The Session, a.k.a. Beer Blogging Friday, is an opportunity once a month for beer bloggers from around the world to get together and write from their own unique perspective on a single topic. Each month, a different beer blogger hosts The Session, chooses a topic and creates a round-up listing of all the participants, along with a short pithy critique of each entry (see link, posted to comments in due course). This month’s Session is by Douglas Smiley at Baltimore Bistros and Beer (bmorebistroandbeers.blogspot.co.uk) on the topic of how we drink. What compels us to drink? How would life be if beer no longer featured?
I don’t come from a family of big drinkers. My parents enjoy an occasional glass of wine; less occasionally they endure their youngest son wittering on about some beer or other, but you wouldn’t have them down as the drinking kind. My grandparents neither from what I recall: in fact, my maternal grandmother would make a point of warning me off beer when she saw me glugging back pints of water as a child. “Better that than beer” she would say. And so it follows quite logically that I’m not a big drinker myself. Never have been. I’ve never been one for over-indulging on alcohol, or at least, when I have, I’ve never enjoyed it.
So then, why do I drink?
You know, until now, I’ve never thought about it. Never had to. Never been asked. But it’s a damn fine question and should be honoured with a response.
Beer engages the senses. I love opening a beer. You know how the ‘steam’ rises out when you remove a crown? Puthers, more like; creeps out of the mouth and flops, hissingly, down the side of the bottle. I like that. Then there’s the pour. I like two fingers of head on my beer, and the sweep and swirl as the beer rolls into the glass like a cresting breaker smashing on the shore. I like that too. The settle entrances me. You don’t need nitrogen-flush canned beer to see the settle and stir of the beer as it calms down. It’s like staring at a supernova through a telescope. That’s magic – and no other drink does it for me in the same way. Beer is more than taste, it’s multi-dimensional.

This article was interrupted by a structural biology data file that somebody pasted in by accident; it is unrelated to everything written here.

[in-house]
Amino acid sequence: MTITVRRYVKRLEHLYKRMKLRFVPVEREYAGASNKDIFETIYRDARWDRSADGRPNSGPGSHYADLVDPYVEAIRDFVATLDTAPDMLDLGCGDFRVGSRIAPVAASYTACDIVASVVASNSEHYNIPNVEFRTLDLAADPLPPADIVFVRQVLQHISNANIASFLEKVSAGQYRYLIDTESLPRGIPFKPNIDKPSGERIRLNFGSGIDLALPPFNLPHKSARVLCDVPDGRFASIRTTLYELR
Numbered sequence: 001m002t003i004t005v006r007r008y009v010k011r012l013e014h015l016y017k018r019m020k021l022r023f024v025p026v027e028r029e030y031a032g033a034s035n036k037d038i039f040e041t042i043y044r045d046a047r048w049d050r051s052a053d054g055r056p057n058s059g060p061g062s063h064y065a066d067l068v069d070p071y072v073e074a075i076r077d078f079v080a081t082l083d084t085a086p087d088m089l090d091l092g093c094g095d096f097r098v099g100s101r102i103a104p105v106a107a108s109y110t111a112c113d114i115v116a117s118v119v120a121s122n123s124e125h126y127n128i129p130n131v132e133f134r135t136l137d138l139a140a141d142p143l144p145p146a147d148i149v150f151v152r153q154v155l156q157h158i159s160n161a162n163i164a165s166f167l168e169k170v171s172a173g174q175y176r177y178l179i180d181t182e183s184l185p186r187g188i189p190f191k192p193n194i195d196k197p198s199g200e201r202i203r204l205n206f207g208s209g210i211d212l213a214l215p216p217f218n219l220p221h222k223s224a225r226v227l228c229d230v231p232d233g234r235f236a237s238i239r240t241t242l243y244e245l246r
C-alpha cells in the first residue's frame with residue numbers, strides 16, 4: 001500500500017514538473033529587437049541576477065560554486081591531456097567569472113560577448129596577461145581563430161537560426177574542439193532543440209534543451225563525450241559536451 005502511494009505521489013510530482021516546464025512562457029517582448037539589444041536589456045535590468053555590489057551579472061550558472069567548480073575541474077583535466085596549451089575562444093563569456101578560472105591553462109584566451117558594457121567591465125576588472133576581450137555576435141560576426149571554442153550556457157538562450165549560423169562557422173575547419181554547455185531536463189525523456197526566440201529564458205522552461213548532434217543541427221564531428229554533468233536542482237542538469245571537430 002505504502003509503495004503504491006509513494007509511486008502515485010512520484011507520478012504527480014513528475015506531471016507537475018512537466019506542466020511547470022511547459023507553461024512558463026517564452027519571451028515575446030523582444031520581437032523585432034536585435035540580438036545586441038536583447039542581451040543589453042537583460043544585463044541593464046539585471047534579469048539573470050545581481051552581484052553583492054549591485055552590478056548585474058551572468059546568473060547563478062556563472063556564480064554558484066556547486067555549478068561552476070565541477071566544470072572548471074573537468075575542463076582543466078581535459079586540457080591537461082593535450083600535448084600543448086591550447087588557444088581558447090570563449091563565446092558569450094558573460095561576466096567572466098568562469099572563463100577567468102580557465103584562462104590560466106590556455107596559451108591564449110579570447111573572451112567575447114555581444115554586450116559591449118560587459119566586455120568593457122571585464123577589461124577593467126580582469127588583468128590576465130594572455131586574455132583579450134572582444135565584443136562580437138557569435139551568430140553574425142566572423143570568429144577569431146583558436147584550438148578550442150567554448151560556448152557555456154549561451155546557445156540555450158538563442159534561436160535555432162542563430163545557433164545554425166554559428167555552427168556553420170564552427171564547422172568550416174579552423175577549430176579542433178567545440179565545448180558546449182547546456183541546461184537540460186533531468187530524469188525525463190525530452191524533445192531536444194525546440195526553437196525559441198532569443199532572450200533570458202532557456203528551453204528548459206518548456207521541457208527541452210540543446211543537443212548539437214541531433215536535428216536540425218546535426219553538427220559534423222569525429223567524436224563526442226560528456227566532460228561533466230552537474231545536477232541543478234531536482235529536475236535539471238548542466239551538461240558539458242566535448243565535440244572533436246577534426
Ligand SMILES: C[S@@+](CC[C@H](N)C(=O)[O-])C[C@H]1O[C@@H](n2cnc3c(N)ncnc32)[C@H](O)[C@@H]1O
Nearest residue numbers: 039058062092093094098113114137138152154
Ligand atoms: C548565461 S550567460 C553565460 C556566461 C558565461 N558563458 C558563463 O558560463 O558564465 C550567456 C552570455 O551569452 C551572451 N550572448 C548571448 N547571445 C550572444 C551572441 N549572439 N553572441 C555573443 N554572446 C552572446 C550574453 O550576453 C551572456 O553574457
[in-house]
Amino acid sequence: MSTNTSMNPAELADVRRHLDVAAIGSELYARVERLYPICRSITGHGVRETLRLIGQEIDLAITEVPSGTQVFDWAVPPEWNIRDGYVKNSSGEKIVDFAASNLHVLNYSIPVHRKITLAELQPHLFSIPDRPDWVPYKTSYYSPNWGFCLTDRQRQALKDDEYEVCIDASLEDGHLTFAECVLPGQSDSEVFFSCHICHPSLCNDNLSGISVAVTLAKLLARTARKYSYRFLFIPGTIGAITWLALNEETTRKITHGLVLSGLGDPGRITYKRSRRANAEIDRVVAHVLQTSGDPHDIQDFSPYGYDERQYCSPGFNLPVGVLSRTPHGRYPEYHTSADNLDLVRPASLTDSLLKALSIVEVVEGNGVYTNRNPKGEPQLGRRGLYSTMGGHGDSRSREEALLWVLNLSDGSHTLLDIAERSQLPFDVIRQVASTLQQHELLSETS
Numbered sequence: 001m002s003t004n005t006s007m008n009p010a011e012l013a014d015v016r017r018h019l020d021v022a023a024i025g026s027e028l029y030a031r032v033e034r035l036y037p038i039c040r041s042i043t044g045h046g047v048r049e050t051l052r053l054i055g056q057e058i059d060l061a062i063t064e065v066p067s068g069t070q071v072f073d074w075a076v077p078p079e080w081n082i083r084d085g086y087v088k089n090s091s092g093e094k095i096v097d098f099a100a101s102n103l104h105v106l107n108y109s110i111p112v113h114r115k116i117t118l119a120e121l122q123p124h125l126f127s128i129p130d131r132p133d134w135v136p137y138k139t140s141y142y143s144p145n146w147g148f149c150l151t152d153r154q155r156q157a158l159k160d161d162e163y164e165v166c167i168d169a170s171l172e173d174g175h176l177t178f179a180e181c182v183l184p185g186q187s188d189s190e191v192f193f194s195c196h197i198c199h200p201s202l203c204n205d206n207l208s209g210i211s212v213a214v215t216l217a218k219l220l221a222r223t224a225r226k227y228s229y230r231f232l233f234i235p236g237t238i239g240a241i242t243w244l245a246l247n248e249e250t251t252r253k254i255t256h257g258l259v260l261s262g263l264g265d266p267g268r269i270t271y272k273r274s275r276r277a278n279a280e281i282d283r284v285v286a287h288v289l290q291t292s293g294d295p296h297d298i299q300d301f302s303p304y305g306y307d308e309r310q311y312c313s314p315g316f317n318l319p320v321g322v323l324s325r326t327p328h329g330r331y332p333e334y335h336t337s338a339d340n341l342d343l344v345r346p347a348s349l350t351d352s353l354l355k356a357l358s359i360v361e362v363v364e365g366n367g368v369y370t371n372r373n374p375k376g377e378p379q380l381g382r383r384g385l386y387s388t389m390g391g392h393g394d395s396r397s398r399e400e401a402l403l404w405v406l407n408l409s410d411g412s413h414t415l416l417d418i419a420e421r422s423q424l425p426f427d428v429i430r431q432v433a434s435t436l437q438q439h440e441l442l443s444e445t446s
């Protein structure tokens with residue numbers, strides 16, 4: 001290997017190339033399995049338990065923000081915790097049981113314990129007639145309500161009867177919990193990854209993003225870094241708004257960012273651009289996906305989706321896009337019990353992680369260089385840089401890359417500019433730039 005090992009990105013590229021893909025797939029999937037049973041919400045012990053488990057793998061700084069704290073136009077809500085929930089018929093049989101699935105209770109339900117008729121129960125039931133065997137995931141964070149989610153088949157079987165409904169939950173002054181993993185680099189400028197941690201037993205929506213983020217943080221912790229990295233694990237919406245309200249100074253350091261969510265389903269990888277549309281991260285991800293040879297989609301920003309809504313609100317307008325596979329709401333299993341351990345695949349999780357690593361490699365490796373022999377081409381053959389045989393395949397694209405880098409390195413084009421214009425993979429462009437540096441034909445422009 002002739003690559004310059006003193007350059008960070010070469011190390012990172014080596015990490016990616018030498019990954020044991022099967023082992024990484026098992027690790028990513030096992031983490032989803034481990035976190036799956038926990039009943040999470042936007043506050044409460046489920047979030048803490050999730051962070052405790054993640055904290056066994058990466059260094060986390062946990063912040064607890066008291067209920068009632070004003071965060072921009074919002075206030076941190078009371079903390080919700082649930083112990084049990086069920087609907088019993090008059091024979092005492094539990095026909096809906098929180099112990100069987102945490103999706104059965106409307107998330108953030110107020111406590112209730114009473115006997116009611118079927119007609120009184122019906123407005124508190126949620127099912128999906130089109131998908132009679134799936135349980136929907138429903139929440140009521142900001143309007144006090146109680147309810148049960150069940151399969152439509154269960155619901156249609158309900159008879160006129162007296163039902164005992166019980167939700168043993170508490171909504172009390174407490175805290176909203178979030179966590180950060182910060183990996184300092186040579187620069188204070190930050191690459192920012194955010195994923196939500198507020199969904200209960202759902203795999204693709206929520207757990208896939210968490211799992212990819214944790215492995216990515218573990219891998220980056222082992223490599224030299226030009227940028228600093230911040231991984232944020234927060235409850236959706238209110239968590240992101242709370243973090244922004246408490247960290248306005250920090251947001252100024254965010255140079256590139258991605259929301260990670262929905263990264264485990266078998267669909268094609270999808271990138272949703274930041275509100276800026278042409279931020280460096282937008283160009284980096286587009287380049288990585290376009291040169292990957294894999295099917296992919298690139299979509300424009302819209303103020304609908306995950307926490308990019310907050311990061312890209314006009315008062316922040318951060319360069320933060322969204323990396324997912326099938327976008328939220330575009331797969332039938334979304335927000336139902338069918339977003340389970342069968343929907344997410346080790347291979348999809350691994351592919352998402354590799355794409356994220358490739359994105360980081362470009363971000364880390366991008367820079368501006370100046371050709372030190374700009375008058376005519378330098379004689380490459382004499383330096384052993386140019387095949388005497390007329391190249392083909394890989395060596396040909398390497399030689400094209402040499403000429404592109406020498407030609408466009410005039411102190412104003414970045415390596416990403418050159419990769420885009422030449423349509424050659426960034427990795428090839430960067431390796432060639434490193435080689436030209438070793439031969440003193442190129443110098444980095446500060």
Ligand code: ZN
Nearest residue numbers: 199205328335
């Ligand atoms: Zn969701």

Beer has a head. It staggers me that many people complain about the head on the beer (in the UK for sure) – as if the head is added from somewhere else and isn’t part of the drink itself. Anything more than a whisper is too often treated with derision. My view is the opposite. Beer isn’t beer without a decent head. It’s not just part of the beer, it’s the crown. It’s visual appealing of course, but so much more than that, it’s an uplifting moment of joy as you drink through the wafty, creamy bubbles to the liquid below; breathing in the aroma, wiping the false moustache away.
Beer has hops. Hops have grown on me. I remember in my early drinking days preferring malty, biscuity beers more, shying away from those heavily Kent hopped beers more typical in southern England. But then I drank Directors; Spitfire; Broadside and my education began. Then I went to America and drank new-fangled craft ales. Then I went to Czechoslovakia and tasted the crisp, flowery bouquet of the Saaz hop or to Bavaria where I experienced Hallertau Mittlefrüh. And just the other week, an English Saison with Nelson Sauvin. How could I live now without the beguiling complexity of the hop cone?
Beer is fascinating. How did it come about? Rather like the chicken or the egg, we ponder, ‘What came first, the beer or the bread?’. And beer isn’t just fermented – it can happen spontaneously in a cobweb encrusted lambic loft space, or in a planned way in a pristine lager brewery. Beer can be aged in a wooden cask and enjoy flavours emparted from bacteria or lactic acids, or appley sourness from malic fermentations. It can be brewed in a farmhouse, a tower or hibernate in the sleep of cold, down in a lagering cellar. Some modern Belgian beer styles go through remuage and dégorgement, like champagne and enjoy a fine mouse and bead of tiny bubbles just the same. Beer can be brewed from umpteen types of malt and other cereals too – rye, corn grists, emmer, spelt. Those same malts can be smoked to give a taste of salami. It’s a gift that never stops giving.
But most of all,
Beer is honest. “I think beer is something for ordinary people…for the common man. It’s something that ordinary people can drink moderately. Talk about politics, work…somehow it goes with democracy. People are often hesitant to talk about wine. They worry they might not pronounce it properly or something. But with beer, you don’t worry about that. Beer belongs to everyone. And I like that”. Fritz Maytag
© Beer Tinted Spectacles, 2014